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Summary judgment upheld in contamination case

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The former owners of a Beech Grove shopping plaza that once contained a laundry and dry cleaning business that contaminated soil and groundwater cannot be held liable due to the statute of limitations, the Indiana Court of Appeals ruled.

The Peniel Group and Beech Grove Holdings LLC have owned and managed Churchman Hill Plaza since September 2005. Beech Grove Holdings filed a complaint against the former owners in 2008, after an assessment found the dry-cleaning solvent tetrachloroethene, known as PCE, more than 10 years after the last use of the dry-cleaning equipment.

Prior spills had been remediated through the Indiana Department of Environmental Management, and the trial court granted summary judgment for the defendants, finding the statute of limitations had run out under Indiana’s Environmental Legal Action statutes adopted in 1988.

A unanimous appeals court ruling written by Senior Judge Carr Darden held that the statute of limitations for an action under those laws must be initiated within six years.

“Beech Grove Holdings’s predecessor-in-interest knew of the contamination of the site for at least eight years before Beech Grove Holdings commenced the action. We therefore find that Beech Grove Holdings is barred from bringing its claim under the ELA,” Darden wrote, affirming the court’s summary judgment for Kenneth G. and Linda A. Schaefer, Betty Benefiel, Janet Beeler, and Charles and Beth Dodson.    

 

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  1. Video pen? Nice work, "JW"! Let this be a lesson and a caution to all disgruntled ex-spouses (or soon-to-be ex-spouses) . . . you may think that altercation is going to get you some satisfaction . . . it will not.

  2. First comment on this thread is a fitting final comment on this thread, as that the MCBA never answered Duncan's fine question, and now even Eric Holder agrees that the MCBA was in material error as to the facts: "I don't get it" from Duncan December 1, 2014 5:10 PM "The Grand Jury met for 25 days and heard 70 hours of testimony according to this article and they made a decision that no crime occurred. On what basis does the MCBA conclude that their decision was "unjust"? What special knowledge or evidence does the MCBA have that the Grand Jury hearing this matter was unaware of? The system that we as lawyers are sworn to uphold made a decision that there was insufficient proof that officer committed a crime. How can any of us say we know better what was right than the jury that actually heard all of the the evidence in this case."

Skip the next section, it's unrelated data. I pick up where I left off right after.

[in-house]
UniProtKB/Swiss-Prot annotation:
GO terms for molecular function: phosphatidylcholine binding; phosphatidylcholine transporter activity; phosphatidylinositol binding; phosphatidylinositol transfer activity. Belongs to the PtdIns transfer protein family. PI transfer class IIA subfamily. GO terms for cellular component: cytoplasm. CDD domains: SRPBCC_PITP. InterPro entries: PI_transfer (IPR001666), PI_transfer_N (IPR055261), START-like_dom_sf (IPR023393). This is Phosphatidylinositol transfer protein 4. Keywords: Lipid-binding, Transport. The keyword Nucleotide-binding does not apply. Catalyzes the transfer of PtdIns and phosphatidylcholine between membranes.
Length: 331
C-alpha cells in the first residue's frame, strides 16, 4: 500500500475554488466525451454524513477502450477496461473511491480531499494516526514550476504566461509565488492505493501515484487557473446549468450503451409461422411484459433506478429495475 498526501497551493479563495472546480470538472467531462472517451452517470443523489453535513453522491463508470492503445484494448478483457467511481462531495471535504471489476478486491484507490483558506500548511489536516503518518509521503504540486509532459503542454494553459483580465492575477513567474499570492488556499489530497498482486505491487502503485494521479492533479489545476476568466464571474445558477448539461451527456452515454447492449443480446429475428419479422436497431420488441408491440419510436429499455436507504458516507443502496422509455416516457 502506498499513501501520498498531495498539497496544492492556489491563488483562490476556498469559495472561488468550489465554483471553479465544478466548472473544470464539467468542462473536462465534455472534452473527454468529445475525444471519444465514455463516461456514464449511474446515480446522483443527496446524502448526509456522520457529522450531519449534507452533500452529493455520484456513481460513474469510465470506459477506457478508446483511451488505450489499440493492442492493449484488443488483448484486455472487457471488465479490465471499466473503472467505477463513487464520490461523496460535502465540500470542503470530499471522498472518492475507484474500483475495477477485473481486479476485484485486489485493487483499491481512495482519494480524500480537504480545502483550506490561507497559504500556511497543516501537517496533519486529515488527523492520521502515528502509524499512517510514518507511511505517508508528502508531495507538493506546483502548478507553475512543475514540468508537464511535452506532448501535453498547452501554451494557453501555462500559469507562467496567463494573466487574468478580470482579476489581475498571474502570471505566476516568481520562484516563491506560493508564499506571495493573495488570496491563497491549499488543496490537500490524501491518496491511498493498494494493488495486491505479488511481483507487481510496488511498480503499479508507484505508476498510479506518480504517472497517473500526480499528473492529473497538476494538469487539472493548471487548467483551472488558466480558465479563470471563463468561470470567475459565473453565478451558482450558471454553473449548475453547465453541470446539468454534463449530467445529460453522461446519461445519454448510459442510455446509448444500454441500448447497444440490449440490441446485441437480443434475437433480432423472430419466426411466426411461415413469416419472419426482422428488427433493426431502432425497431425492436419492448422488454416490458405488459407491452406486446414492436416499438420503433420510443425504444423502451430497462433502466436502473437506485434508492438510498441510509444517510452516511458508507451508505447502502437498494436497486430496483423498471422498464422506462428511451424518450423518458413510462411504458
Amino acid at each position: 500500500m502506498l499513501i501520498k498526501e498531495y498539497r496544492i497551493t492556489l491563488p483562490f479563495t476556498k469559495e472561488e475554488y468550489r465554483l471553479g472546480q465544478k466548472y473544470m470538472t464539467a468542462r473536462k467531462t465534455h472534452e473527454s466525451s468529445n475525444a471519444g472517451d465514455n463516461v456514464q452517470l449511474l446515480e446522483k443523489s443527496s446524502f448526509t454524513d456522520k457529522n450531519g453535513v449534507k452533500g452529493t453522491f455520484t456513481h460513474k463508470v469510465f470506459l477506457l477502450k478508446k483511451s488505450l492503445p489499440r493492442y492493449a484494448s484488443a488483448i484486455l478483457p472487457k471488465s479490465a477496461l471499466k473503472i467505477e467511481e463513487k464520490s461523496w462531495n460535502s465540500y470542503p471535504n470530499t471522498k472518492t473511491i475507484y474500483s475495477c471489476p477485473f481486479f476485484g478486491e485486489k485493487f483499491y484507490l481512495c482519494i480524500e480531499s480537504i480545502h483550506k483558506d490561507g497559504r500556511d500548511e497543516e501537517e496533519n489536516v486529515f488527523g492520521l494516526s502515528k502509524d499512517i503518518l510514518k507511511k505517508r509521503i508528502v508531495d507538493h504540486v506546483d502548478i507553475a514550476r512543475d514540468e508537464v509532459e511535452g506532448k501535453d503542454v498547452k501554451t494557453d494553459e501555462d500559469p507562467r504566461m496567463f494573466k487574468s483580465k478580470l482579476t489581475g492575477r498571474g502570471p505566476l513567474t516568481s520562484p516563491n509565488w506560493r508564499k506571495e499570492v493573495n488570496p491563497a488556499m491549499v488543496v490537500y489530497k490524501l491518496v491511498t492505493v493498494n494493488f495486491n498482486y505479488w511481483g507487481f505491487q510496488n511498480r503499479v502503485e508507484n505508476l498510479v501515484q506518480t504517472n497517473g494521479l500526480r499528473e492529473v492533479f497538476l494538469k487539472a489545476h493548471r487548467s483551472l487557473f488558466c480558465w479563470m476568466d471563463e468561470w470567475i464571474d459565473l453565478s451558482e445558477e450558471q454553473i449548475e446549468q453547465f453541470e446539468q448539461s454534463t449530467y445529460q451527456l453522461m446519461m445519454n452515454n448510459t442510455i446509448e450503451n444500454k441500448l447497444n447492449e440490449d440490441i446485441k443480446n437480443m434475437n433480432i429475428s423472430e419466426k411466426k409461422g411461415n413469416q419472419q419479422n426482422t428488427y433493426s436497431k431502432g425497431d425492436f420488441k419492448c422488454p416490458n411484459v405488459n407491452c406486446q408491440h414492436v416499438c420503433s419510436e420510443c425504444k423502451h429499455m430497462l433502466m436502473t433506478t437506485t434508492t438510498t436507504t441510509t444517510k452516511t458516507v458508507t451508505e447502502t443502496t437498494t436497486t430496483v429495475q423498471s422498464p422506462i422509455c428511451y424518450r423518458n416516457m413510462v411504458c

3. wow is this a bunch of bs! i know the facts!

  4. MCBA .... time for a new release about your entire membership (or is it just the alter ego) being "saddened and disappointed" in the failure to lynch a police officer protecting himself in the line of duty. But this time against Eric Holder and the Federal Bureau of Investigation: "WASHINGTON — Justice Department lawyers will recommend that no civil rights charges be brought against the police officer who fatally shot an unarmed teenager in Ferguson, Mo., after an F.B.I. investigation found no evidence to support charges, law enforcement officials said Wednesday." http://www.nytimes.com/2015/01/22/us/justice-department-ferguson-civil-rights-darren-wilson.html?ref=us&_r=0

  5. Dr wail asfour lives 3 hours from the hospital,where if he gets an emergency at least he needs three hours,while even if he is on call he should be in a location where it gives him max 10 minutes to be beside the patient,they get paid double on their on call days ,where look how they handle it,so if the death of the patient occurs on weekend and these doctors still repeat same pattern such issue should be raised,they should be closer to the patient.on other hand if all the death occured on the absence of the Dr and the nurses handle it,the nurses should get trained how to function appearntly they not that good,if the Dr lives 3 hours far from the hospital on his call days he should sleep in the hospital

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